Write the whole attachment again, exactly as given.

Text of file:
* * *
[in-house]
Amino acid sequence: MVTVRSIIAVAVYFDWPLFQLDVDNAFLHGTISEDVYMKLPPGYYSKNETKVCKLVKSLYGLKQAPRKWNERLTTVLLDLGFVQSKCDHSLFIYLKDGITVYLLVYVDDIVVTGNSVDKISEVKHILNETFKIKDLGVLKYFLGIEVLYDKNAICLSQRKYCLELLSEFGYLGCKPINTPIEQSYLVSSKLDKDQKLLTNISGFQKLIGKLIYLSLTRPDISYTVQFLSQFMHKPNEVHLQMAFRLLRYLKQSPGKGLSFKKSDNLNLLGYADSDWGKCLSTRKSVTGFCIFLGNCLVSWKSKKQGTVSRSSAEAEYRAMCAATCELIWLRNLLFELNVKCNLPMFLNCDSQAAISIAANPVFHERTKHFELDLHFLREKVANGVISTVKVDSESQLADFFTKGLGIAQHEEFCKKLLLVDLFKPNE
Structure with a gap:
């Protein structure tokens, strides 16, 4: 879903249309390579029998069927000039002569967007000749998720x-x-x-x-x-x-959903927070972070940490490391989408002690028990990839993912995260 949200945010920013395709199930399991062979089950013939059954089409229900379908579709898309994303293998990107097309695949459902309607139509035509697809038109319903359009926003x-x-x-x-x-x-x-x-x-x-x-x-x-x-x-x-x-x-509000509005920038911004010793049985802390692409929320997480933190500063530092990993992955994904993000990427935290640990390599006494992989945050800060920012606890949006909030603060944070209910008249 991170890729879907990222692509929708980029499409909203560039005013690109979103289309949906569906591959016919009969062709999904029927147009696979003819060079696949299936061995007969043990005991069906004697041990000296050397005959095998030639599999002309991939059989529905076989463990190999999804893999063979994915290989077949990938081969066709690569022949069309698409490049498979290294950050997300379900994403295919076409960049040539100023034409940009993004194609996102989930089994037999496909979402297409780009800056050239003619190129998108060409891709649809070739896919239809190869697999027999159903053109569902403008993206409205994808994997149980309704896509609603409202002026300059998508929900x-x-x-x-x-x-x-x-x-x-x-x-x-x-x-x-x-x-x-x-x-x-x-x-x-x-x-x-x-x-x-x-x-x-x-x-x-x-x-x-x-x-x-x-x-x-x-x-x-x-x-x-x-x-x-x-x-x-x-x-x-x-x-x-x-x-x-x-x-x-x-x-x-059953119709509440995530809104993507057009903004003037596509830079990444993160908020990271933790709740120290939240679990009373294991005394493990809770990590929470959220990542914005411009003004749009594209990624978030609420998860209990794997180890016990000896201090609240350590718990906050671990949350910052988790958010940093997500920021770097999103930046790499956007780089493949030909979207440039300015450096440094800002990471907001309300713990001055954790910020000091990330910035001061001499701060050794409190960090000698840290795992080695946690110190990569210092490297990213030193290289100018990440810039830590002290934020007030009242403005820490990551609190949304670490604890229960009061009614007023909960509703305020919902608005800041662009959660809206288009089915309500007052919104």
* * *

[in-house]
Amino acid sequence: MVTVRSIIAVAVYFDWPLFQLDVDNAFLHGTISEDVYMKLPPGYYSKNETKVCKLVKSLYGLKQAPRKWNERLTTVLLDLGFVQSKCDHSLFIYLKDGITVYLLVYVDDIVVTGNSVDKISEVKHILNETFKIKDLGVLKYFLGIEVLYDKNAICLSQRKYCLELLSEFGYLGCKPINTPIEQSYLVSSKLDKDQKLLTNISGFQKLIGKLIYLSLTRPDISYTVQFLSQFMHKPNEVHLQMAFRLLRYLKQSPGKGLSFKKSDNLNLLGYADSDWGKCLSTRKSVTGFCIFLGNCLVSWKSKKQGTVSRSSAEAEYRAMCAATCELIWLRNLLFELNVKCNLPMFLNCDSQAAISIAANPVFHERTKHFELDLHFLREKVANGVISTVKVDSESQLADFFTKGLGIAQHEEFCKKLLLVDLFKPNE
Structure with a gap:
């Protein structure tokens, strides 16, 4: 879903249309390579029998069927000039002569967007000749998720x-x-x-x-x-x-959903927070972070940490490391989408002690028990990839993912995260 949200945010920013395709199930399991062979089950013939059954089409229900379908579709898309994303293998990107097309695949459902309607139509035509697809038109319903359009926003x-x-x-x-x-x-x-x-x-x-x-x-x-x-x-x-x-x-509000509005920038911004010793049985802390692409929320997480933190500063530092990993992955994904993000990427935290640990390599006494992989945050800060920012606890949006909030603060944070209910008249 991170890729879907990222692509929708980029499409909203560039005013690109979103289309949906569906591959016919009969062709999904029927147009696979003819060079696949299936061995007969043990005991069906004697041990000296050397005959095998030639599999002309991939059989529905076989463990190999999804893999063979994915290989077949990938081969066709690569022949069309698409490049498979290294950050997300379900994403295919076409960049040539100023034409940009993004194609996102989930089994037999496909979402297409780009800056050239003619190129998108060409891709649809070739896919239809190869697999027999159903053109569902403008993206409205994808994997149980309704896509609603409202002026300059998508929900x-x-x-x-x-x-x-x-x-x-x-x-x-x-x-x-x-x-x-x-x-x-x-x-x-x-x-x-x-x-x-x-x-x-x-x-x-x-x-x-x-x-x-x-x-x-x-x-x-x-x-x-x-x-x-x-x-x-x-x-x-x-x-x-x-x-x-x-x-x-x-x-x-059953119709509440995530809104993507057009903004003037596509830079990444993160908020990271933790709740120290939240679990009373294991005394493990809770990590929470959220990542914005411009003004749009594209990624978030609420998860209990794997180890016990000896201090609240350590718990906050671990949350910052988790958010940093997500920021770097999103930046790499956007780089493949030909979207440039300015450096440094800002990471907001309300713990001055954790910020000091990330910035001061001499701060050794409190960090000698840290795992080695946690110190990569210092490297990213030193290289100018990440810039830590002290934020007030009242403005820490990551609190949304670490604890229960009061009614007023909960509703305020919902608005800041662009959660809206288009089915309500007052919104």